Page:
A judge who moves from place to place within his area of jurisdiction, "riding the circuit."
In the early days of the United States of America, the country had a large land area and a relatively low population density. This became even more so when the Western Territories were acquired. Among other things, this meant that most towns and counties didn't need a full-time judge.
Instead, outside the major cities, a judge would be assigned a territory, the "circuit". He would move from place to place within the territory, "riding the circuit", trying any new cases that had come up since the last time he'd held court in that jurisdiction. Often, the judge would be accompanied by several "circuit lawyers" who traveled with the judge to find clients in need of their services. Abraham Lincoln
was a circuit lawyer for a while.
Even the justices of the US Supreme Court initially had to ride a circuit to hear appeals when the full court wasn't in session. This is why people left the bench before dying, which unfortunately has apparently become par for the course.
As population density increased, cities and counties eventually needed full-time judges, but a remnant of the tradition remains in the names of some courts such as the Federal Circuit Courts of Appeals, the largest and most famous of which is the Court of Appeals for the Ninth Circuit (which covers the Western United States). It has also come to be used metaphorically: the Court of Appeals for the District of Columbia Circuit covers an area far too small to be a circuit in the traditional sense, and the Court of Appeals for the Federal Circuit doesn't have a region attached to it at all: its jurisdiction is limited by the subject matter of the cases.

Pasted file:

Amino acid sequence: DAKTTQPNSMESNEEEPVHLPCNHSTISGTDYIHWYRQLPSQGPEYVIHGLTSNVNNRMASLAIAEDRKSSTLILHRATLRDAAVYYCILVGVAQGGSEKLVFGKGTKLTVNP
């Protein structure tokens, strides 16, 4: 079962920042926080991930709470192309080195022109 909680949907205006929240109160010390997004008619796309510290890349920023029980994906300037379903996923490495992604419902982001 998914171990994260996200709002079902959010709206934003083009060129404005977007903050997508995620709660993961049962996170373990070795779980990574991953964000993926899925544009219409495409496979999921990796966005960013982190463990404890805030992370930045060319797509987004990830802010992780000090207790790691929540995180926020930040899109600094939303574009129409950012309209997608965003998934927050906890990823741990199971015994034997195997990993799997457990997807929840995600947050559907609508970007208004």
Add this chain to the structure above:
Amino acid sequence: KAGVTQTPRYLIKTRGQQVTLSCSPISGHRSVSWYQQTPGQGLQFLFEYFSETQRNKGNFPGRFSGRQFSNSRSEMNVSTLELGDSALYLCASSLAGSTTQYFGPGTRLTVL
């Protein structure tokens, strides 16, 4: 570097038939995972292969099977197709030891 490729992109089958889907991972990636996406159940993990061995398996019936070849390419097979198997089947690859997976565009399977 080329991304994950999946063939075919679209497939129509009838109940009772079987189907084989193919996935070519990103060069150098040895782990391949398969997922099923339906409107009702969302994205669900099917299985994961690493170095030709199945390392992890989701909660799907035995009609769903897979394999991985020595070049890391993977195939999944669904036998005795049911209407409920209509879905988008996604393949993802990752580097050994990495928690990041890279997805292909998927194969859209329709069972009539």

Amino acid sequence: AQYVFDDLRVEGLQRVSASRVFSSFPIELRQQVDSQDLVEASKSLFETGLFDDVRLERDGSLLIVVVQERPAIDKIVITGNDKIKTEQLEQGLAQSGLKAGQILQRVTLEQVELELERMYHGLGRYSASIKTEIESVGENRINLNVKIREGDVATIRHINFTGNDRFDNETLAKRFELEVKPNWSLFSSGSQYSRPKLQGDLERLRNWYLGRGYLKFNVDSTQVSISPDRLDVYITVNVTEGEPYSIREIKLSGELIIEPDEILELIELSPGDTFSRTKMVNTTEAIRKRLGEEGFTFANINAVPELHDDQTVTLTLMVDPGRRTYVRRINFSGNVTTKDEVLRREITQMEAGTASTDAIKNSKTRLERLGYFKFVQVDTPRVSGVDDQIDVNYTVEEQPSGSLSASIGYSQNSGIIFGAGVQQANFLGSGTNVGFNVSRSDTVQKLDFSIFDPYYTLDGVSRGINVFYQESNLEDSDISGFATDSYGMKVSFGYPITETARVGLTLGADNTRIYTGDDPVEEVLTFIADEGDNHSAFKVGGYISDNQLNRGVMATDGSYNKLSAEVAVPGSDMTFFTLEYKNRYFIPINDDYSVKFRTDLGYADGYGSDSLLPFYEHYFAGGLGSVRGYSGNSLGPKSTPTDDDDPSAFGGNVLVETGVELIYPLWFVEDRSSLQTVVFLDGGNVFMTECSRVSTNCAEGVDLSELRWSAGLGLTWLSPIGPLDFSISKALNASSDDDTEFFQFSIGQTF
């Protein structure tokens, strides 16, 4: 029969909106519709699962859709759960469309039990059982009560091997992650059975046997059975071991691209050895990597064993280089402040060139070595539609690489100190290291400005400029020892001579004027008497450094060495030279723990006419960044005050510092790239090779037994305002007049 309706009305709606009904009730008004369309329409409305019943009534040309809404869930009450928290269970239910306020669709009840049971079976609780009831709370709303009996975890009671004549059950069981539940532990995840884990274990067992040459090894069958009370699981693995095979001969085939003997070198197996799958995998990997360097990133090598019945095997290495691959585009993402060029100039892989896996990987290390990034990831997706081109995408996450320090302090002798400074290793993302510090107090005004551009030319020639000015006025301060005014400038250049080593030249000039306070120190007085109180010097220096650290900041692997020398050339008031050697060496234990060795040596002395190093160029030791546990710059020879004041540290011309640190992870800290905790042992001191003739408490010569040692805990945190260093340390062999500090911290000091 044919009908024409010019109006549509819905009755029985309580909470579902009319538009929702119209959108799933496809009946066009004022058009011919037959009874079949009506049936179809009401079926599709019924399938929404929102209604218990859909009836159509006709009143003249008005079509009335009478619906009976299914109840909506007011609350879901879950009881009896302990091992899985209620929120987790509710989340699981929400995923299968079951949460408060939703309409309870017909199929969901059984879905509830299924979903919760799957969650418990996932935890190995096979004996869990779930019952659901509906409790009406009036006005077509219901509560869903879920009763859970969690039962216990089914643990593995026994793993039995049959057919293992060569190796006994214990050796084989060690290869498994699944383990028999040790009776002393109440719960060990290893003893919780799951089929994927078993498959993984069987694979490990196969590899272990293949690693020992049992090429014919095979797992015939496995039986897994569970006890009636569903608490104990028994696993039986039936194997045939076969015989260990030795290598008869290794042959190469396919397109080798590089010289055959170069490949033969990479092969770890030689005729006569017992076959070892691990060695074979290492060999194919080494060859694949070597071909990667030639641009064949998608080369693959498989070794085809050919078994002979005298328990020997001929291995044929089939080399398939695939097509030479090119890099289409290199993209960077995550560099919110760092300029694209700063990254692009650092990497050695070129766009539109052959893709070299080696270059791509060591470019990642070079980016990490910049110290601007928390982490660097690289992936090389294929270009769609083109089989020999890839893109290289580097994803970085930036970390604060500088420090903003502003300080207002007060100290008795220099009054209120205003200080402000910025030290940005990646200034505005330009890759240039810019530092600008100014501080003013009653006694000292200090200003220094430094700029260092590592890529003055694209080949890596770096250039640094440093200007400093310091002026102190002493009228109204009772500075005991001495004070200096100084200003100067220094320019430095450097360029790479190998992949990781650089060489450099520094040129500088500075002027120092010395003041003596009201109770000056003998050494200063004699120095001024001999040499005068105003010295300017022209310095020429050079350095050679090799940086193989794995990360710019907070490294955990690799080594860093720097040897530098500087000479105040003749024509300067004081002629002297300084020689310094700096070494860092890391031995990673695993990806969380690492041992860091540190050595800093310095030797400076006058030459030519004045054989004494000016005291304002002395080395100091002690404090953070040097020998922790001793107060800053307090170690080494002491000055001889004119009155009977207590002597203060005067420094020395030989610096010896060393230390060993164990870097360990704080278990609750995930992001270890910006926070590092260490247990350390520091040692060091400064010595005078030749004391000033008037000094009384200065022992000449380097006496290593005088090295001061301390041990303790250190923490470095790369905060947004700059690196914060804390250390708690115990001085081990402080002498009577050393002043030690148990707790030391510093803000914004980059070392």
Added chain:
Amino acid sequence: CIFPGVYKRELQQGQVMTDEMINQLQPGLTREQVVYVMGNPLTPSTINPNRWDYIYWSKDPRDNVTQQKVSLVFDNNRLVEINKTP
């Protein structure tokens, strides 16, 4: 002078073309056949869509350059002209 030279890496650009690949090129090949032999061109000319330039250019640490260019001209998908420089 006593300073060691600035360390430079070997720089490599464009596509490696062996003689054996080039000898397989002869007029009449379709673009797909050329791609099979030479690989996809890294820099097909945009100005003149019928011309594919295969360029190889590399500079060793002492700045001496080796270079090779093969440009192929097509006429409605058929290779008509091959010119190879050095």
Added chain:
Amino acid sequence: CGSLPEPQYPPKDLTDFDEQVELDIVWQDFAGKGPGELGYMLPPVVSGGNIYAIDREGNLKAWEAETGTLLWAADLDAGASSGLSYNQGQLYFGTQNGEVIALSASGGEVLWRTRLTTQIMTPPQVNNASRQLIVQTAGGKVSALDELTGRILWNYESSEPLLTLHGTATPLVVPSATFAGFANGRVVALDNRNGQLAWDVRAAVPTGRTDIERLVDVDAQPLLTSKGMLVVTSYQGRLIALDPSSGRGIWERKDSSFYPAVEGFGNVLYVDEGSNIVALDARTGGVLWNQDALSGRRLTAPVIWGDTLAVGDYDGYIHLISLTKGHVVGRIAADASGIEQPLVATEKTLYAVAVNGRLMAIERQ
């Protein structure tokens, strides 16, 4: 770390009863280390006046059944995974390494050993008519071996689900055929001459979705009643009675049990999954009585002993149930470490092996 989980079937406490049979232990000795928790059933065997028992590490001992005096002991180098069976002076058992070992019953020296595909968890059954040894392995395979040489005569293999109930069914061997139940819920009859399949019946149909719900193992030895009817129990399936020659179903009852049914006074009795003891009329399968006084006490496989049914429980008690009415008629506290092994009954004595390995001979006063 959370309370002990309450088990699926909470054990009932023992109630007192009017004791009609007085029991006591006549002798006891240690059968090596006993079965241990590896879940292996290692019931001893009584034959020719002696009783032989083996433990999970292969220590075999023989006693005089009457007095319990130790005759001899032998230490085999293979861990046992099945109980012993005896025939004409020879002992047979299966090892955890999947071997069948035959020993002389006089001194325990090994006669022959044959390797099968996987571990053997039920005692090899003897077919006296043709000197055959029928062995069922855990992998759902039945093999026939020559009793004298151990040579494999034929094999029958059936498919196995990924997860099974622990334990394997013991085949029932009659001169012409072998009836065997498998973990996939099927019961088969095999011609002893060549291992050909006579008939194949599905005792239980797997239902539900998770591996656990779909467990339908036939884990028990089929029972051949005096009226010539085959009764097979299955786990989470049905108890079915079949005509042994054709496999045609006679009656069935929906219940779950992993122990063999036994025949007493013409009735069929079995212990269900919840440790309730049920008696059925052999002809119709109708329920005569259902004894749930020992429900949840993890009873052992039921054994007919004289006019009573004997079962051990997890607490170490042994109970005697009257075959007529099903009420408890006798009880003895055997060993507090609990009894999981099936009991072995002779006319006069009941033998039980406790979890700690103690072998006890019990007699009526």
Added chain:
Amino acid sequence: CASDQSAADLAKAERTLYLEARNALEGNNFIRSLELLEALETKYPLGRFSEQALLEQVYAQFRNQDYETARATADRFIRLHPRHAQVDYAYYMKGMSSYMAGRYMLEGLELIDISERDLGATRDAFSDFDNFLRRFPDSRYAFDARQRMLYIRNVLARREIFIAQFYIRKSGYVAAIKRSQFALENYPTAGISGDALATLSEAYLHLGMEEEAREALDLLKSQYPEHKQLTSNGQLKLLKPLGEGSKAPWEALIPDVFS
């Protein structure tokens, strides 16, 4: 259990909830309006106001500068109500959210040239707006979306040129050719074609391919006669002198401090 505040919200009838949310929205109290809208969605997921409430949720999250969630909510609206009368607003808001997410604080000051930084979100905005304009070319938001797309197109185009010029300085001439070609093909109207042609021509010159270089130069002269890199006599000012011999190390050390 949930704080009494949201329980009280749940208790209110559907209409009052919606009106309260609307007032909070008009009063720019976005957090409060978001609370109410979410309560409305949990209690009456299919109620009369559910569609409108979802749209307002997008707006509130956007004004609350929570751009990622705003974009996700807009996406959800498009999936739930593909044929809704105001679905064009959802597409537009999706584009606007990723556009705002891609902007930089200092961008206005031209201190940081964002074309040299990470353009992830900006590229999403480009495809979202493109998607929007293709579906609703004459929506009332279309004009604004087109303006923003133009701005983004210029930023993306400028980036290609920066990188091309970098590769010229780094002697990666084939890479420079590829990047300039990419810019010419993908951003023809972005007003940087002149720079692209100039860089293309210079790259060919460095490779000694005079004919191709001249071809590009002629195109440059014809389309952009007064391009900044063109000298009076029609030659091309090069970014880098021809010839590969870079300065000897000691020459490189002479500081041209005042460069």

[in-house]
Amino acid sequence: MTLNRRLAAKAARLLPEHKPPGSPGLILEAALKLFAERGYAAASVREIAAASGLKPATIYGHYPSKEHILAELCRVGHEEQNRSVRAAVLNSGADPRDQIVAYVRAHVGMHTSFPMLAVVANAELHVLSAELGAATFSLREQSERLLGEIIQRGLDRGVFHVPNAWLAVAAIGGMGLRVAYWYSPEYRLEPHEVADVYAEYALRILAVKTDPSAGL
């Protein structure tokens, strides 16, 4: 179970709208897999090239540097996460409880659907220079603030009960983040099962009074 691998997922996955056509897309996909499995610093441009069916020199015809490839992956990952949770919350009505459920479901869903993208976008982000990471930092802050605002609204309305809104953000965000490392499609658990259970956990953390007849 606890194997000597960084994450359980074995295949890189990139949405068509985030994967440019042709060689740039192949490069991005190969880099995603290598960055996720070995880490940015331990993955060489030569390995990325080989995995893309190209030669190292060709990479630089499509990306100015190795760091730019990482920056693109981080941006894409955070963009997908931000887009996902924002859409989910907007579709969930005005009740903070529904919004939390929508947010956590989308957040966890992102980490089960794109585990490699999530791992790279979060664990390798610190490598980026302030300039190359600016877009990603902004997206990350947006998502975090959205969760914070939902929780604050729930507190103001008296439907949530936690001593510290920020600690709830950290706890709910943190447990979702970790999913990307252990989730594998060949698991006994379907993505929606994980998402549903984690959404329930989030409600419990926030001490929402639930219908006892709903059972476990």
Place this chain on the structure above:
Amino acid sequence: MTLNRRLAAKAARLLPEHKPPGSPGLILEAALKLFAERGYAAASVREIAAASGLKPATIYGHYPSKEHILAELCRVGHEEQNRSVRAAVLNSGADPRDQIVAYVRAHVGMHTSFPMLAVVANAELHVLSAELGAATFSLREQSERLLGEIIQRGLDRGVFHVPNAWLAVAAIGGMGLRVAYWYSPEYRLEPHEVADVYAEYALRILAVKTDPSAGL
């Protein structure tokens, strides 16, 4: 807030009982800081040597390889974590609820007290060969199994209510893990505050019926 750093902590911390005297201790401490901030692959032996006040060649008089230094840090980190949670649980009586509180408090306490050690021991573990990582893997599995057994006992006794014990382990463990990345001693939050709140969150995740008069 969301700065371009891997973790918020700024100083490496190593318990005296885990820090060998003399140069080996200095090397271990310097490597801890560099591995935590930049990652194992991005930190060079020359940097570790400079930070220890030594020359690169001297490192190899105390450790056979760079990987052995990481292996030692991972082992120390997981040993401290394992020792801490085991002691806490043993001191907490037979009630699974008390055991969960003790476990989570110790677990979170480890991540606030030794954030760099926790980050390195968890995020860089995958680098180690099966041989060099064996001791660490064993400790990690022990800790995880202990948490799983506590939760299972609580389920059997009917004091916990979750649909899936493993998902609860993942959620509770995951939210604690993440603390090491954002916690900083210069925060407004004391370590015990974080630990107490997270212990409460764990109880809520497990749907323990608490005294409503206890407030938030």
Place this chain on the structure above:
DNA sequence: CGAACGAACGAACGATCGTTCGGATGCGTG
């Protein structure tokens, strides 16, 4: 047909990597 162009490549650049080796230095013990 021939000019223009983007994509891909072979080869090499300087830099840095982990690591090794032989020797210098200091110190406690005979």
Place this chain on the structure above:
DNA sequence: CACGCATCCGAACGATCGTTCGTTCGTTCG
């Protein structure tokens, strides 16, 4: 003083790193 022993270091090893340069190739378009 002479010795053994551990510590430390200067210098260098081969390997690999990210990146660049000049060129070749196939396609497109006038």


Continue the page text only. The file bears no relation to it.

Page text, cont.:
In fiction, the Circuit Judge
generally moves plots by his absence. If the protagonist is Wrongly Accused
, he will have to cool his heels in jail until the judge comes, allowing the real crook to finish his evil scheme or leave town. Time for a jail break!
Another common plot is for a particularly despised accused criminal to be threatened by an angry mob while in jail awaiting the arrival of the judge. The Sheriff
must either engage in Shaming the Mob
until the judge can arrive, or undertake a dangerous cross-country journey with the alleged crook to where the judge is sitting so he can get a fair trial and be hanged legal-like. Occasionally the Sheriff will refer to the Marshal (meaning a Federal Marshalnote
) instead of the Circuit Judge as being the one to take the prisoners off his hands. This is connected, because the Marshal is the one who would escort the prisoner to the Judge.
Once the Circuit Judge shows up, he's either the Hanging Judge
or a Reasonable Authority Figure
, depending on the needs of the plot.
In England and Wales, these were called "justices of assize", part of the Courts of Assize and finally abolished in 1972. The Courts Act that abolished the Assize Courts established the system of "Circuit Judges